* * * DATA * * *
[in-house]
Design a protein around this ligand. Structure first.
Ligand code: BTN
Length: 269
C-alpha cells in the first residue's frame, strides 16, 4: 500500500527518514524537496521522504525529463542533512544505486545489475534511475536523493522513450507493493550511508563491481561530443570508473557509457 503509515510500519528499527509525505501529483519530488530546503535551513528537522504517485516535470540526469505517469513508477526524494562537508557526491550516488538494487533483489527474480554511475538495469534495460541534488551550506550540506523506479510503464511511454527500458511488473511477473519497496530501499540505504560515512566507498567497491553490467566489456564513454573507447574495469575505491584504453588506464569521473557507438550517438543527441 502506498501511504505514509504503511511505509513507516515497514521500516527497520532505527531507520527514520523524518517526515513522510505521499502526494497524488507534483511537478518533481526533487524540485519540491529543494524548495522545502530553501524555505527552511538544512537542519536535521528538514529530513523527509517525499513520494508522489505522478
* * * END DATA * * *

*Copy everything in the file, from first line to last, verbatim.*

[in-house]
Design a protein around this ligand. Structure first.
Ligand code: BTN
Length: 269
C-alpha cells in the first residue's frame, strides 16, 4: 500500500527518514524537496521522504525529463542533512544505486545489475534511475536523493522513450507493493550511508563491481561530443570508473557509457 503509515510500519528499527509525505501529483519530488530546503535551513528537522504517485516535470540526469505517469513508477526524494562537508557526491550516488538494487533483489527474480554511475538495469534495460541534488551550506550540506523506479510503464511511454527500458511488473511477473519497496530501499540505504560515512566507498567497491553490467566489456564513454573507447574495469575505491584504453588506464569521473557507438550517438543527441 502506498501511504505514509504503511511505509513507516515497514521500516527497520532505527531507520527514520523524518517526515513522510505521499502526494497524488507534483511537478518533481526533487524540485519540491529543494524548495522545502530553501524555505527552511538544512537542519536535521528538514529530513523527509517525499513520494508522489505522478